Senator's son

State Sen. Greg Treat, center, embraces his 12-year-old son, Mason; as they speak with H.J. Reed and state Sen. Stephanie Bice at Friday’s legislative breakfast sponsored by the Edmond Area Chamber of Commerce. Mason stayed with his dad that day, missing school after suffering a concussion. His dad wanted to ensure his recuperation went well.

EDMOND, Okla. — Standing behind a screen in the age of social media will at times allow people to dehumanize one another, said state Sen. Adam Pugh, R-Edmond.

The day will come when Pugh is no longer part of the state Legislature. But he will still be a dad and husband, he said, as well as a member of the community.

“That’s important to me because I don’t forget that’s where it started and that’s where this will end,” Pugh said before chamber members at the recent Legislative Breakfast sponsored by the Edmond Chamber.

Recent events in Washington, D.C., have caused many people to give up on politics, said H.J. Reed, co-chair of the chamber’s Governmental Relations Council. Reed moderated the event.

“This is just men and women up here who want to serve,” Pugh said. “They have families, businesses and lives. And they’re really good people at the Capitol trying to do the best they can.”

Get to know your legislator outside the political nature of their jobs, he said. People in communication can help legislators serve the state better than politicizing the nature of everything, he explained.

It’s been difficult for state Sen. Chuck Hall, R-Perry, to sit in the Legislature while running a business, he said.

“As I look down this row of people I would guess that all of us are forced to sacrifice some,” Hall said.

Hall covers 3,000 square miles and 41 zip codes, including Guthrie and part of Edmond. The CEO and chairman of Exchange Bank & Trust Company said he understands why it’s difficult for business owners to stop what they’re doing to serve their state. He asked Oklahomans to have some understanding for those trying to keep their family business alive. He is grateful that his brother has taken on additional responsibilities at the Perry bank.

“It’s truly a burden, so much so that likely this year I’ll be announcing my intention to step back from the bank and focus solely on legislative requirements,” Hall said.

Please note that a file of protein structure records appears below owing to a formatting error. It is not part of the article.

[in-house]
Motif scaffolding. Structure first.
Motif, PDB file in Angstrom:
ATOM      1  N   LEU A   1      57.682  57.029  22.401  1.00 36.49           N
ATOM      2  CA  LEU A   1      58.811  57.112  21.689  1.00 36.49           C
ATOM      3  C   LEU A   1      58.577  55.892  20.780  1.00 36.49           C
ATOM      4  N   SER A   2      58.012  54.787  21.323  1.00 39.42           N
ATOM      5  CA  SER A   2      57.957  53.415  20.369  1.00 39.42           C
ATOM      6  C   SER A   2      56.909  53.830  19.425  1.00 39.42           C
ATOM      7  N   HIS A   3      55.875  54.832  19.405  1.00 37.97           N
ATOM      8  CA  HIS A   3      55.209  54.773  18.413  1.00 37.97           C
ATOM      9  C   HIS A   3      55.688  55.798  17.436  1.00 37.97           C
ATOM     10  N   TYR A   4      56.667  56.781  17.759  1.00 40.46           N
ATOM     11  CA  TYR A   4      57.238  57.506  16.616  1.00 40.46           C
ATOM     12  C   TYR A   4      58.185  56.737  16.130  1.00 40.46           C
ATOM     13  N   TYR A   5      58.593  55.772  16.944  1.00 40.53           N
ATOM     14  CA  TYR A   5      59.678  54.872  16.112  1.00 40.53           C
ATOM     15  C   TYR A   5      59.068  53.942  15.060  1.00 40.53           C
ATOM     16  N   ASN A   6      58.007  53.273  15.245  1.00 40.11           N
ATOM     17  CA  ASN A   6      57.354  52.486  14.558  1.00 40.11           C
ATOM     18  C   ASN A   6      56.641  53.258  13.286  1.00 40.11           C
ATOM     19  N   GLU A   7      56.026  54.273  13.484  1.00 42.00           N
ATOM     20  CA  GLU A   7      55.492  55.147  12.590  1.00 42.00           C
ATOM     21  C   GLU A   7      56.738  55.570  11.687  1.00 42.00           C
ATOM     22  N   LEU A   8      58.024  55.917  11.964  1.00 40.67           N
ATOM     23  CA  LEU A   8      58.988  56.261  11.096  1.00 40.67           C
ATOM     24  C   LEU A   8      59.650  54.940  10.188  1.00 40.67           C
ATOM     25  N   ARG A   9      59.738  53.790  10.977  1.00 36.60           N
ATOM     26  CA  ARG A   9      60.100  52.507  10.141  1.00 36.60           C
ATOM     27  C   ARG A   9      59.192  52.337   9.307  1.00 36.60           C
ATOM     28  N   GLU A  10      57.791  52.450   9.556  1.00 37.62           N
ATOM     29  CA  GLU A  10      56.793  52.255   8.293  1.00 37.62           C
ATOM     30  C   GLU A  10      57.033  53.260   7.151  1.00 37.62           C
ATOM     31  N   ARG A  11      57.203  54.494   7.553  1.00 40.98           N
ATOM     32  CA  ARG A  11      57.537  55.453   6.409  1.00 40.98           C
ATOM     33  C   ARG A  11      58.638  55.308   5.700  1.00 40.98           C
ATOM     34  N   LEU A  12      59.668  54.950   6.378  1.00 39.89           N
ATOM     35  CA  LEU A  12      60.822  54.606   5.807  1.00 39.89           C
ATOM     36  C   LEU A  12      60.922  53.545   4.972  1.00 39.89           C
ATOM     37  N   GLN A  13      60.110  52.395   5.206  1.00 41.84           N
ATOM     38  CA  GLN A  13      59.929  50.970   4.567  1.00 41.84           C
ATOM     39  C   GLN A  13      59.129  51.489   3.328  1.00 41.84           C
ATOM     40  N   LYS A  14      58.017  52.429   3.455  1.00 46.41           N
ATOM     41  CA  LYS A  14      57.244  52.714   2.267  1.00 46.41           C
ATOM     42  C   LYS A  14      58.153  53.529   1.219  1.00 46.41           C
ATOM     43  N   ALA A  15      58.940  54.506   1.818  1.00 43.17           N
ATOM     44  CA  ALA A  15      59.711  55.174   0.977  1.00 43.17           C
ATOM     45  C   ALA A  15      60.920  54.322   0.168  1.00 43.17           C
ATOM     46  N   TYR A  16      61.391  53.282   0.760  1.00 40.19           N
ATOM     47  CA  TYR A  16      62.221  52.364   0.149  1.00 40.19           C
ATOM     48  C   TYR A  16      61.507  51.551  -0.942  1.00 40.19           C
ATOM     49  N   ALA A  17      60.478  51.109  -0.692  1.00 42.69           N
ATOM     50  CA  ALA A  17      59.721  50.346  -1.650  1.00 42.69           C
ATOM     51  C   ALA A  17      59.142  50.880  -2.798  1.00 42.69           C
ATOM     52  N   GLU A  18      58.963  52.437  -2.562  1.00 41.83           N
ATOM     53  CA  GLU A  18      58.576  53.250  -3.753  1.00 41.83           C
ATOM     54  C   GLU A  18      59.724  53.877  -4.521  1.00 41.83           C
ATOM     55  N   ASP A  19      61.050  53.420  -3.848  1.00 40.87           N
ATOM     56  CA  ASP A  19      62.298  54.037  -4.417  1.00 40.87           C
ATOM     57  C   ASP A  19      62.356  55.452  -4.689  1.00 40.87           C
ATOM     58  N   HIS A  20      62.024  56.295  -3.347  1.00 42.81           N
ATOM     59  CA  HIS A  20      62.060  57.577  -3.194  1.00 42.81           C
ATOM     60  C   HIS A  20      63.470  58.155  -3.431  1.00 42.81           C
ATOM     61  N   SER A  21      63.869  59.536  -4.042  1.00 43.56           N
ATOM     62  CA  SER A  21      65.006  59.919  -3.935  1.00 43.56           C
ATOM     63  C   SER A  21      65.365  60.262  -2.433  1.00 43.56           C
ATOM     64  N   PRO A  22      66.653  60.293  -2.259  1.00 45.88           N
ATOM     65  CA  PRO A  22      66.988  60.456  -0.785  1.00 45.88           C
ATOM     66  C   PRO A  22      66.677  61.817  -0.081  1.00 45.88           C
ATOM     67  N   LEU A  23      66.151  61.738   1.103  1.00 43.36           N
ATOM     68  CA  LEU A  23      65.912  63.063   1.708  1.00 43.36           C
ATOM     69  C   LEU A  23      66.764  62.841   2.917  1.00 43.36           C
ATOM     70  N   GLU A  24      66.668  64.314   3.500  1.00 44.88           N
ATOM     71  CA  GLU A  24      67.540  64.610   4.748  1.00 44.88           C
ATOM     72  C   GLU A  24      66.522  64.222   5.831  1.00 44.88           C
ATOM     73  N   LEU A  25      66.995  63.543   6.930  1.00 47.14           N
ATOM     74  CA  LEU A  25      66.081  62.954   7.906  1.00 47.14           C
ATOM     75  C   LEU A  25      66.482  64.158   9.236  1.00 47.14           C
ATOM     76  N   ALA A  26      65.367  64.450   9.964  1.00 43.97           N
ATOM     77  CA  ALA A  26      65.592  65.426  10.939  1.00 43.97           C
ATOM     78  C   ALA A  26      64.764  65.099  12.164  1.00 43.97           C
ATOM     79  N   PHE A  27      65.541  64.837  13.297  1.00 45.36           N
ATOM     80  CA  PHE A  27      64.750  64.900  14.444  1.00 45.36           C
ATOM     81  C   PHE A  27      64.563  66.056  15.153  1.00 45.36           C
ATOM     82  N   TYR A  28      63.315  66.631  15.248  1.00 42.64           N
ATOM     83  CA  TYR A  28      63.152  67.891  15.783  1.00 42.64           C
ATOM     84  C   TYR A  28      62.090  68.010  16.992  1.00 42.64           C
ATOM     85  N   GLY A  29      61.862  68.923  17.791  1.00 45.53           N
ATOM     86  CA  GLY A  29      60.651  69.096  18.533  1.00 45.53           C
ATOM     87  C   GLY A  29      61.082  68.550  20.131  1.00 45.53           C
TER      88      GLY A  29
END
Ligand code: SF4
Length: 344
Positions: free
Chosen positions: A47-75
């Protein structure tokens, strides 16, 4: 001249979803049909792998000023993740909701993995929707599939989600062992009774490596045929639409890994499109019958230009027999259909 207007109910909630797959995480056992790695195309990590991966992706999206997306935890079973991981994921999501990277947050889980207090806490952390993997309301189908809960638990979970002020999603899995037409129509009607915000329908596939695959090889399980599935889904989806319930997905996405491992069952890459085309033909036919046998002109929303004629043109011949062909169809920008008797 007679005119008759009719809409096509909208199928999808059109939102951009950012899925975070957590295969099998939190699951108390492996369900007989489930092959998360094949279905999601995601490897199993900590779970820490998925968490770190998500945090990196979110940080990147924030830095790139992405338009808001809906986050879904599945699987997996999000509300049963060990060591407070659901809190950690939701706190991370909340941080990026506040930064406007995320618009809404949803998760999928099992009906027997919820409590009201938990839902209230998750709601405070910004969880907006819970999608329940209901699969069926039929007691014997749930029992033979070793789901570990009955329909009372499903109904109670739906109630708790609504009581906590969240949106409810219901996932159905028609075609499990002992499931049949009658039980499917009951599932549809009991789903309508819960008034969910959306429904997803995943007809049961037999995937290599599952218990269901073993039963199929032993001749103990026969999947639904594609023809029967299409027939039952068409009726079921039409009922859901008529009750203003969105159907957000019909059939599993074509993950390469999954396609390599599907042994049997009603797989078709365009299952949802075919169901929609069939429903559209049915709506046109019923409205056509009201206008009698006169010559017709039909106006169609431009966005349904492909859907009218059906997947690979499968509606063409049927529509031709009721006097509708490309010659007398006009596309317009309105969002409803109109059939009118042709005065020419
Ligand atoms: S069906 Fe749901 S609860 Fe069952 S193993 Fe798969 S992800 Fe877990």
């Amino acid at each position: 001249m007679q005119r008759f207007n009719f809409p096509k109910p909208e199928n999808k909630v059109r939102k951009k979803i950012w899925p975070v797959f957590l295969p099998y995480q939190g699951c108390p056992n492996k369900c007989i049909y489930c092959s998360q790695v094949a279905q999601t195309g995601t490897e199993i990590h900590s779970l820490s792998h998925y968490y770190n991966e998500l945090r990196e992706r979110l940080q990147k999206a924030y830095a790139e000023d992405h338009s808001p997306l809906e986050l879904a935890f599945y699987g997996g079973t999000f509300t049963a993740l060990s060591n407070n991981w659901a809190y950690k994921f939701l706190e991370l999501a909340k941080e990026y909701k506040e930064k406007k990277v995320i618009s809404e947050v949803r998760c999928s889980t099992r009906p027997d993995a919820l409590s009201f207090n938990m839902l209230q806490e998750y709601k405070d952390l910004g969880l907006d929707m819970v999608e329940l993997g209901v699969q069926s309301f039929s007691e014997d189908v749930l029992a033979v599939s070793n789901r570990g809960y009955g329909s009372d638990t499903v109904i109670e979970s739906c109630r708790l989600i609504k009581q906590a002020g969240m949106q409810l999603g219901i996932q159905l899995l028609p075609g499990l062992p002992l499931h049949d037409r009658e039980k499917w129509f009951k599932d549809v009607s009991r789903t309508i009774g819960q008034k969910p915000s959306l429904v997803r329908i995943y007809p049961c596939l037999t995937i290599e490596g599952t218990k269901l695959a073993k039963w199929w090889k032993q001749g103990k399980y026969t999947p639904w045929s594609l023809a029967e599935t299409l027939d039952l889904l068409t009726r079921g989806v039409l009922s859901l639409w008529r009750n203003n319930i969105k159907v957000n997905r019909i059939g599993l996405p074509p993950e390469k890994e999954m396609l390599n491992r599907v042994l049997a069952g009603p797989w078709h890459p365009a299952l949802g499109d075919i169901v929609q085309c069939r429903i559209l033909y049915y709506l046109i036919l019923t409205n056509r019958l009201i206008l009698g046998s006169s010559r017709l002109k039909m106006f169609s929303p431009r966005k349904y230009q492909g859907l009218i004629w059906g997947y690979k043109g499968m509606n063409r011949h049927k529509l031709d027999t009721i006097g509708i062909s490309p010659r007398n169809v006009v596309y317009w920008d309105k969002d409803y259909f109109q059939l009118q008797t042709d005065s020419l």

“It’s a neat place. It can be contentious at times, but it was a wonderful first year,” said state Rep. Gary Mize, R-Guthrie.

Mize said he had concerns going into his freshman legislative year in 2019, but found a lot of good people serving as legislators.

“They want to move the state forward and are making real sacrifices,” Mize said.

Interaction with constituents is one of state Rep. Nicole Miller’s favorite things in government. Miller said legislators were elected to advocate for the people they serve.

“Politics is all a reflection of life and what we do,” the Edmond Republican said. “And it’s all very much based on relationships, not only relationships in the building, but relationships outside the building.”

It’s important to connect people with resources they need, she said. Miller asked that people not become offended if they are not responded to in a timely basis. Oftentimes, their legislative assistants can be helpful in answering questions, she continued.

“It’s an incredible number of emails that we receive,” she said. “Many are not from our constituents. So it could be several hundred a day. Try to be patient with us.”

Sen. Greg Treat, R-Oklahoma City, said his overall political interactions with Gov. Kevin Stitt and House Speaker Charles McCall, R-Atoka, have been more pleasant than contentious. All sides have the same goals for Oklahoma, he said. Gov. Stitt is consistently prepared with an agenda to achieve, he continued.

“Sometimes we have different ideas of how we should roll those goals out, different ideas on how we should achieve some of those goals,” he said.

Reed asked how legislators can improve the political discourse in the state and country.

State Rep. Ryan Martinez, R-Edmond, said one of the most surprising things he has learned about being a state representative is how dehumanizing it becomes.

“People that you have known for a long time will suddenly forget that you’re a human being and will say some really crazy things to you,” Martinez said.

Political discourse does not have to be so personal, he said. A sense of humor helps, he continued. Martinez said he welcomes speaking with people that he disagrees with. Some of his best conversations happen when disagreements occur leaving everyone still liking one another, he said.

Coburn is a police, government and general assignment reporter for The Edmond Sun. Send an email to James at or call 405-341-2121.


Coburn is a police, government and general assignment reporter for The Edmond Sun. Send an email to James at

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